By Troy Collins
Trumpeter Dave Ballou delves into similarly spartan territory on Solo Trumpet. In addition to leading ten distinctive albums, Ballou has worked in a wide variety of settings, ranging from large ensembles like Either/Orchestra, John Hollenbeck’s Large Ensemble and the Satoko Fujii Orchestra, to small combos led by such artists as Dave Liebman, Denman Maroney and Tom Varner – but this is his first unaccompanied effort. Rather than following the standard conventions of melody, harmony and rhythm, Ballou commits to the investigation of new performing techniques and horn vocabularies, finding commonality with younger innovators like Peter Evans and Nate Wooley – one tune, “Wooley Warmth,” is even dedicated to the latter.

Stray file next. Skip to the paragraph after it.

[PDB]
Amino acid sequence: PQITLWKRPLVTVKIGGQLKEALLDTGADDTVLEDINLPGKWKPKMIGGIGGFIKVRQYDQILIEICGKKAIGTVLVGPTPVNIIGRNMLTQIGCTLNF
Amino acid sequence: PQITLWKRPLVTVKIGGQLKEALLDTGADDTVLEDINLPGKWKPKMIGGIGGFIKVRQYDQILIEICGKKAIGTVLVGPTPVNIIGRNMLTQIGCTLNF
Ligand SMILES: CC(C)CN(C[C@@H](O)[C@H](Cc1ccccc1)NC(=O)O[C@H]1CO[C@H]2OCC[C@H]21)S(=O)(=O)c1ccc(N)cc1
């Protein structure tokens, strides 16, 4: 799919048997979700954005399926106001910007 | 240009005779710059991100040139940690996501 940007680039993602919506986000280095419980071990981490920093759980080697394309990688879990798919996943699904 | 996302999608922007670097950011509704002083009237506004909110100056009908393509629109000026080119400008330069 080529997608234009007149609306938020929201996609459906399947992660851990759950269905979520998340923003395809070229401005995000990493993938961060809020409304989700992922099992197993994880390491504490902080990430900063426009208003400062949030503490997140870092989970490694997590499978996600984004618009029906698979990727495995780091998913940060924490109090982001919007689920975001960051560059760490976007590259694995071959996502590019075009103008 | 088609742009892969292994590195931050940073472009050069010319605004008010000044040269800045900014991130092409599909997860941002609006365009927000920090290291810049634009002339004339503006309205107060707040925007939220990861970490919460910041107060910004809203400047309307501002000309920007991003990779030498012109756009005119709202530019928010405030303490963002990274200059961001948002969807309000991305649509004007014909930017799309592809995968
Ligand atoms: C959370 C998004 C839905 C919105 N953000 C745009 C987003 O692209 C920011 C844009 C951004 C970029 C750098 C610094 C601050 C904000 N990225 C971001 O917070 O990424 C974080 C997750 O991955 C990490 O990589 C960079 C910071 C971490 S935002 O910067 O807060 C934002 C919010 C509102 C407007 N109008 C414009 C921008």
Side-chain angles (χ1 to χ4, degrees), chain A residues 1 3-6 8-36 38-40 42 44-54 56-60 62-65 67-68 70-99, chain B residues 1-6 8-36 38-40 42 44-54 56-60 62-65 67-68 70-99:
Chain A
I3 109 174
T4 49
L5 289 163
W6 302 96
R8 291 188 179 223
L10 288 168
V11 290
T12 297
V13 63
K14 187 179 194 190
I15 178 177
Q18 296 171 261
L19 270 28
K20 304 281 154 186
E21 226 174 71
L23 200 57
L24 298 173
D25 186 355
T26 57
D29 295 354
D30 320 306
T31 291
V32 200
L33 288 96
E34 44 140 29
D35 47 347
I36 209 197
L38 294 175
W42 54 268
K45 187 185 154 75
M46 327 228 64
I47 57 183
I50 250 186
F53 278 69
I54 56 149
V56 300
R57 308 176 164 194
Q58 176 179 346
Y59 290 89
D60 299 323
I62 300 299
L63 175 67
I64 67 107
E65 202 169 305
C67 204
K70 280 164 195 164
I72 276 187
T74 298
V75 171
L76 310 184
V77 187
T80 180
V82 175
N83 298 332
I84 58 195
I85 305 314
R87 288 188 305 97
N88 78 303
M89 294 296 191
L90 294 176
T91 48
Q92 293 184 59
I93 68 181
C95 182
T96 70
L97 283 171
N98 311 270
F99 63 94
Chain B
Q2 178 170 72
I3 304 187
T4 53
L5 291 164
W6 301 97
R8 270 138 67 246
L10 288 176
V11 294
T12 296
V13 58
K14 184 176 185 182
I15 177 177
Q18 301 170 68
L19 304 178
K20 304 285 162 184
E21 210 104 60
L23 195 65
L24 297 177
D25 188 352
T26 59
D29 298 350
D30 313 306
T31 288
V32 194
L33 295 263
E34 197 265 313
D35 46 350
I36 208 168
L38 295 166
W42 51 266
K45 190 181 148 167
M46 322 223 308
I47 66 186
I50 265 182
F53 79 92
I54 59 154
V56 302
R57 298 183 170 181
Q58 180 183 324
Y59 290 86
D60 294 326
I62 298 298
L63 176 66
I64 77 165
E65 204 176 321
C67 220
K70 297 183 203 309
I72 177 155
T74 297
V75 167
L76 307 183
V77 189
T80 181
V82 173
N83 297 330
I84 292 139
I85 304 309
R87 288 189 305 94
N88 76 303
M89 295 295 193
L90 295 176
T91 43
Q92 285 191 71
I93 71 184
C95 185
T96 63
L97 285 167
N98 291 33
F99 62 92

Eight of the ten performances are improvisations, recorded live in the studio with no edits or overdubbing; the remaining two pieces are based on notated material. The differences between the improvisations and the notated material are less noticeable than one might expect however – a testament to Ballou’s spontaneous compositional foresight. The pre-written numbers, “LAF” and “Another Fool,” are serene ballads underpinned by strong melodies, in contrast to the experimental abstractions that dominate the set, such as the muted vocal acrobatics of “Mumbling” or the altissimo theatrics of “Sheets.” Yet focused excursions like “Tightly” and the ten minute “Construct” exhibit a narrative logic that sounds pre-composed, lending the session an overall sense of stylistic unity. Taken as a whole, Solo Trumpet is a worthy addition to a rarefied field.